I adore this movie. How much? Well, it's at the top of my lists of favorite comedies and favorite Christmas movies, if that tells you anything.
I first encountered We're No Angels (1955) when I was a teen. My family was in a hotel somewhere, probably on our way to Iowa for vacation, and as was my wont, I turned the cable TV to AMC, which back then showed actual classic movies and not stuff about zombies and advertising executives. And this was what was on -- it was about 2/3 over, and to tell the truth, no one in my family cared for Humphrey Bogart back then, but we must have had some time to kill before bedtime (probably were stuck in a hotel with no pool), so we watched this.
And we laughed. Oh, how we laughed. This movie has some of the best unexpected, intelligent, subtle humor I have ever seen. I realize I'm probably overselling this, but seriously, I cannot think of another movie that I laugh this much over. It's precisely the kind of snarkalicious humor I adore.
AMC was a really nice channel, back in the day, and would tell you after the movie ended what it was you'd just seen. So we made note of the title, and when we got home, we sought out this movie on VHS because we simply had to see all of it. And by the time we'd finished watching the whole thing all the way through, all four of us were converted to being Humphrey Bogart fans. Yes, it's true. (Amusingly enough, many years later, this movie also converted my best friend into a Humphrey Bogart fan after decades of disliking him. It's magical.)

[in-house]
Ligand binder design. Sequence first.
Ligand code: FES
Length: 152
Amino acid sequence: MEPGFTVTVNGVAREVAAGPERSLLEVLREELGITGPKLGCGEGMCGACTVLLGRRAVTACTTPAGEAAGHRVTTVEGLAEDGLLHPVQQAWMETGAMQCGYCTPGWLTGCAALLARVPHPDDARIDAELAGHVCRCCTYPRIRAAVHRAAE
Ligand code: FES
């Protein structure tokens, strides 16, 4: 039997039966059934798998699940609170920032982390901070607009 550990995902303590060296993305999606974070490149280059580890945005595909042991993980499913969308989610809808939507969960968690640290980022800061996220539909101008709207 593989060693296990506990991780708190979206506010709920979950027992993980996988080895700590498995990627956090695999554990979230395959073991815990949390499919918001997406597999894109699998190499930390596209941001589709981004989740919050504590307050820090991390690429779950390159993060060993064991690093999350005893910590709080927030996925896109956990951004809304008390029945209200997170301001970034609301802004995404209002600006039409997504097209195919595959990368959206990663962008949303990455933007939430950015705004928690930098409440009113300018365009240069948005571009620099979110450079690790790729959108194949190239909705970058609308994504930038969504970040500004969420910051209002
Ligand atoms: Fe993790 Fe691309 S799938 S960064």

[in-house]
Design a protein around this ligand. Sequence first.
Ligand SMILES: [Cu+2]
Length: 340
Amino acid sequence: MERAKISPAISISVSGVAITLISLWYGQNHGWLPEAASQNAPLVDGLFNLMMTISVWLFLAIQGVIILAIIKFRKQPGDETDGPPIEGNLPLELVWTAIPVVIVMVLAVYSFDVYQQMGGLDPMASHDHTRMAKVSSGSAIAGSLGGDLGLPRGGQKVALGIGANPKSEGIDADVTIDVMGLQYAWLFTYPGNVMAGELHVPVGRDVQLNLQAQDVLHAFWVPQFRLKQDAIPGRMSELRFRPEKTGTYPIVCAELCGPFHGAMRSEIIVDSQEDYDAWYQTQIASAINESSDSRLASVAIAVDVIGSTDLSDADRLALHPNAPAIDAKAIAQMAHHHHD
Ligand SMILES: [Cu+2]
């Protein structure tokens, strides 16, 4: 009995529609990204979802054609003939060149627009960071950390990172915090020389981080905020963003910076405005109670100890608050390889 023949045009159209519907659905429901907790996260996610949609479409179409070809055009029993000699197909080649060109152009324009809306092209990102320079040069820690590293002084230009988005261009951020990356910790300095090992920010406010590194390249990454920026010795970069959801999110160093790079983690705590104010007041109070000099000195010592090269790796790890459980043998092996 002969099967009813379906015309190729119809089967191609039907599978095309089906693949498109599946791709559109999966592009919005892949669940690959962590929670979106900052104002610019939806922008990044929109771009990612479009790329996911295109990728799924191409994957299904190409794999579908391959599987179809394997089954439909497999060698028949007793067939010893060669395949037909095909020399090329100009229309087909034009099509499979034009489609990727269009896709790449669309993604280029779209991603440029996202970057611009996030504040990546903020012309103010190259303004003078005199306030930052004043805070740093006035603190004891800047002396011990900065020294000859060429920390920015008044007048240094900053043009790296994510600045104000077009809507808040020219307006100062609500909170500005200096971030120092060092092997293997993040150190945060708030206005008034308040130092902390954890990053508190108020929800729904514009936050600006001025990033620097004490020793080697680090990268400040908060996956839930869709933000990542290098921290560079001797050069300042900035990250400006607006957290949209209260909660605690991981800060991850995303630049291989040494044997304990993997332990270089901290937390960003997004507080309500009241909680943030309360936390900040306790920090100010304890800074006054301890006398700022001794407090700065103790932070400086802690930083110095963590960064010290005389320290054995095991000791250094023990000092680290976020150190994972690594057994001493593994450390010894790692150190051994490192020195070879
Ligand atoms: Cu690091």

Okay, time to tell you what it's all about. But not all of what it's about, because I hope that you run right out and find this movie and watch it. I know I said it's on my list of favorite Christmas movies, but I don't really consider it a Christmas movie, per se. I watch it any time of the year.
Three convicts (Humphrey Bogart, Aldo Ray, and Peter Ustinov) break out of prison on Devil's Island on Christmas Eve, 1895. They try to blend in with the population at a nearby town, which is pretty easy to do because a lot of convicts get loaned out to the townspeople for work. So people just assume they're three more such.
They enter a shop run by the kindly, ineffective Felix Ducotel (Leo G. Carroll), his perspicacious wife Amelie (Joan Bennett), and lovelorn daughter Isabelle (Gloria Talbott).
The trio of escapees intend to steal clothes so they can get passage on a boat in the harbor, and take a job repairing the shop's roof so they can figure out what they want to steal.
But instead, they wind up helping the Ducotel family out of one little mishap after another. Felix is too kindly and absent-minded to be any good at business, and the shop is terribly in debt. From above, the convicts observe the family, learn all about their troubles, and can't help themselves from wanting to be of service.
Joseph (Humphrey Bogart) is a con artist and master forger, and he talks several customers into making purchases they didn't necessarily mean to make, to help the business along.
Albert (Aldo Ray) has a little too much fondness for the ladies, but he very helpfully carries Isabelle around whenever she faints, which she does remarkably often.
Jules (Peter Ustinov) is a safe-cracker, and he merrily opens safes and doors and luggage whenever needed.